More information about the Heap SQL schema can be found in our docs.
Why Heap’s Dataset is Very Difficult to Sync
Heap provides an API –
heap.identify – that lets customers tag users with global identities (often an email address). If a customer calls
heap.identify with the same email address for two users, we’ll combine them into a single user record. This gives our customers a full view of their users’ interaction with their products, across different cookies and devices. For example, you might use this to analyze users that sign up for a product on the web and determine what percentage later activate a mobile app.
This makes syncing our dataset to Redshift challenging, because it means we might need to update an event to another user (e.g., “unidentified user clicked share button” needs to get updated to “user with identity clicked share button”) . So, instead of loading data into Redshift in an append-only fashion, we need to do a bunch of point updates on each sync.*
For all events involving a user that has been merged into another user since the last sync, we update their event rows to have
user_id = new_user_id. This is quite slow – on the order of days for a medium-sized customer if done naively. Additionally, since our syncs usually overlap by a small time window, it can cause strange row duplication issues in which we import an event performed by
user_id on one sync, and then import the same event performed by
new_user_id on the next sync.
Performing User UPDATEs in Redshift
We’ve tried several different methods of merging users in Heap SQL. Here’s a rough overview of the progression we went through:
Naive UPDATEs – We store all
identifyoperations in a table with 2 columns:
new_user_id. The simplest way to implement Heap SQL is to run an update on each event table based on the mapping in the identify table, for each user combination, like this:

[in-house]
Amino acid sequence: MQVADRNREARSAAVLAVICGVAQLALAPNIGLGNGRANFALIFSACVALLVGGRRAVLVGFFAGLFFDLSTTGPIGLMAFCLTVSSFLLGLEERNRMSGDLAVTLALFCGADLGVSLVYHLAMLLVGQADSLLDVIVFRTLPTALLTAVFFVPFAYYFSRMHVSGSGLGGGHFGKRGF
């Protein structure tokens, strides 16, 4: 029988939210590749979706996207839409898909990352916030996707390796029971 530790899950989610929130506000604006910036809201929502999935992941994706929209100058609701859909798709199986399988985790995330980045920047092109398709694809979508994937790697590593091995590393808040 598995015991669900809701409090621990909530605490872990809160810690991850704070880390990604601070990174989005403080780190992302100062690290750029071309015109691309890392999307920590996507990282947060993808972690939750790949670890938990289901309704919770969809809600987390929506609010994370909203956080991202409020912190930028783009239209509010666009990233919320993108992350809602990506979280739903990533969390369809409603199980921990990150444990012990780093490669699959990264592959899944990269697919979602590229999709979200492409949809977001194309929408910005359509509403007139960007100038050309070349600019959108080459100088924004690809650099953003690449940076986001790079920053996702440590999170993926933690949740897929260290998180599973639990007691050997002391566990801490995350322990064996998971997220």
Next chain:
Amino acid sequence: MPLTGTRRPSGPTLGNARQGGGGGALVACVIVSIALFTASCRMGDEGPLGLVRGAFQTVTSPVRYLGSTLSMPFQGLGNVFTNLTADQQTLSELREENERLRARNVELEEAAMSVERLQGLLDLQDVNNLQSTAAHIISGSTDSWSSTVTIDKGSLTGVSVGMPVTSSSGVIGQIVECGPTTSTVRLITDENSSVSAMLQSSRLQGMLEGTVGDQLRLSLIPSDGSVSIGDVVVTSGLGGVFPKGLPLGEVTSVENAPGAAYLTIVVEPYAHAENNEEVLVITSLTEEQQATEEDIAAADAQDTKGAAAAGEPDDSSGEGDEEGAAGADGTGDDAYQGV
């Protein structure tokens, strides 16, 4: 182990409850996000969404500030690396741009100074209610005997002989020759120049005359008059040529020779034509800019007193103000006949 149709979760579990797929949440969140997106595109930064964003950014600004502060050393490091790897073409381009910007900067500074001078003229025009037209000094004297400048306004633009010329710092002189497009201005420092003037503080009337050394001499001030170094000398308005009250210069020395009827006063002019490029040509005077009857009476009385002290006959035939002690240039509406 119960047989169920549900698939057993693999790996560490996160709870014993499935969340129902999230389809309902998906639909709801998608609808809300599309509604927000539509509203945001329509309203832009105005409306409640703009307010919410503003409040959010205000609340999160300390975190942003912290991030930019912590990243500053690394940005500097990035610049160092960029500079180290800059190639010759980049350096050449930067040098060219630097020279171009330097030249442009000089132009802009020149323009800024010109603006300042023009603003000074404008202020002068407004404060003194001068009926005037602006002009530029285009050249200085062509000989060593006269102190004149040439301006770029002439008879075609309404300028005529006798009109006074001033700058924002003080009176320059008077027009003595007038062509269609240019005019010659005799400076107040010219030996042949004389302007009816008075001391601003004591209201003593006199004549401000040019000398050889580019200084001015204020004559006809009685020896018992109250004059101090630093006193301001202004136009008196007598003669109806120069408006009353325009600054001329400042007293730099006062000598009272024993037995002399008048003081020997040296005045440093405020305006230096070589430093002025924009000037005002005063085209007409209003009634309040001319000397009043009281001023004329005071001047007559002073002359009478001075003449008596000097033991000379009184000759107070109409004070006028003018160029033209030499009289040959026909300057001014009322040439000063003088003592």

This ended up being way too slow. A row update in Redshift consists of marking the row for deletion, and inserting a new row with the updated data. Redshift stores columns in immutable 1MB blocks, so updating a single row requires creating a new 1MB block for each column. For
BIGINT columns, this means that a updating or inserting a single row is roughly the same amount of work as updating or inserting 100,000 rows.
2. Batch UPDATEs – We then tried batching updates by using a query like this:
Since updating a single row requires rewriting the entire column chunk, we save a lot of work when batching the updates. But since Redshift limits the size of the queries you can run, we needed to break this query up into many sets of
user_id pairs. So, we were still rewriting big chunks of tables multiple times over.
3. Batch UPDATEs using a stage table – Eventually we landed on copying
identify calls into a stage table, then updating based off that. The query looks like this:
Optimizing Redshift Writes
We had to optimize our queries pretty carefully in order to make update operations fast enough to scale to large customers. A lot of what we learned is in the Redshift docs in some form, but we still got it wrong the first time.